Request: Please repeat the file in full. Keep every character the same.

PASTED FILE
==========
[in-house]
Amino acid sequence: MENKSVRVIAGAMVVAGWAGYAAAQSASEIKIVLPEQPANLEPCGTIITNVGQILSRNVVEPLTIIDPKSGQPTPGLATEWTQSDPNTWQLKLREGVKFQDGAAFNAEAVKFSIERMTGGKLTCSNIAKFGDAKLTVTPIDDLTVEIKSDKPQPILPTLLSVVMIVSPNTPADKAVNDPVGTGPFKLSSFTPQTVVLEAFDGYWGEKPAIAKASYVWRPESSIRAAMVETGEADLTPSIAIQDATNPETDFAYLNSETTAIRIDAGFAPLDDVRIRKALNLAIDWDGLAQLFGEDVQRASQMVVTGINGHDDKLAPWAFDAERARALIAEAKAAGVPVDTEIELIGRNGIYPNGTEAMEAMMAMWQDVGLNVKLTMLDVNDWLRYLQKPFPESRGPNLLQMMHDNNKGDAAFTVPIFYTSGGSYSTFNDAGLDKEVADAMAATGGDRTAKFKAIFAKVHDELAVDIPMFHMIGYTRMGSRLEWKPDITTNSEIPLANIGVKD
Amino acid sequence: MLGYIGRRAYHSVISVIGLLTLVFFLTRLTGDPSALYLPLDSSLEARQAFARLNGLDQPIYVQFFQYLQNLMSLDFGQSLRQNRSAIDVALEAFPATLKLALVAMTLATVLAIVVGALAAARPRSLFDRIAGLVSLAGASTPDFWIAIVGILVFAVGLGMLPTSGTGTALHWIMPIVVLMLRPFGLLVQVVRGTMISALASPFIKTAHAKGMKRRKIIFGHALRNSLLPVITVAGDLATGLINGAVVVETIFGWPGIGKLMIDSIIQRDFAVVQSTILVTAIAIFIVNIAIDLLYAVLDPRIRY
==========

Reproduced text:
[in-house]
Amino acid sequence: MENKSVRVIAGAMVVAGWAGYAAAQSASEIKIVLPEQPANLEPCGTIITNVGQILSRNVVEPLTIIDPKSGQPTPGLATEWTQSDPNTWQLKLREGVKFQDGAAFNAEAVKFSIERMTGGKLTCSNIAKFGDAKLTVTPIDDLTVEIKSDKPQPILPTLLSVVMIVSPNTPADKAVNDPVGTGPFKLSSFTPQTVVLEAFDGYWGEKPAIAKASYVWRPESSIRAAMVETGEADLTPSIAIQDATNPETDFAYLNSETTAIRIDAGFAPLDDVRIRKALNLAIDWDGLAQLFGEDVQRASQMVVTGINGHDDKLAPWAFDAERARALIAEAKAAGVPVDTEIELIGRNGIYPNGTEAMEAMMAMWQDVGLNVKLTMLDVNDWLRYLQKPFPESRGPNLLQMMHDNNKGDAAFTVPIFYTSGGSYSTFNDAGLDKEVADAMAATGGDRTAKFKAIFAKVHDELAVDIPMFHMIGYTRMGSRLEWKPDITTNSEIPLANIGVKD
Amino acid sequence: MLGYIGRRAYHSVISVIGLLTLVFFLTRLTGDPSALYLPLDSSLEARQAFARLNGLDQPIYVQFFQYLQNLMSLDFGQSLRQNRSAIDVALEAFPATLKLALVAMTLATVLAIVVGALAAARPRSLFDRIAGLVSLAGASTPDFWIAIVGILVFAVGLGMLPTSGTGTALHWIMPIVVLMLRPFGLLVQVVRGTMISALASPFIKTAHAKGMKRRKIIFGHALRNSLLPVITVAGDLATGLINGAVVVETIFGWPGIGKLMIDSIIQRDFAVVQSTILVTAIAIFIVNIAIDLLYAVLDPRIRY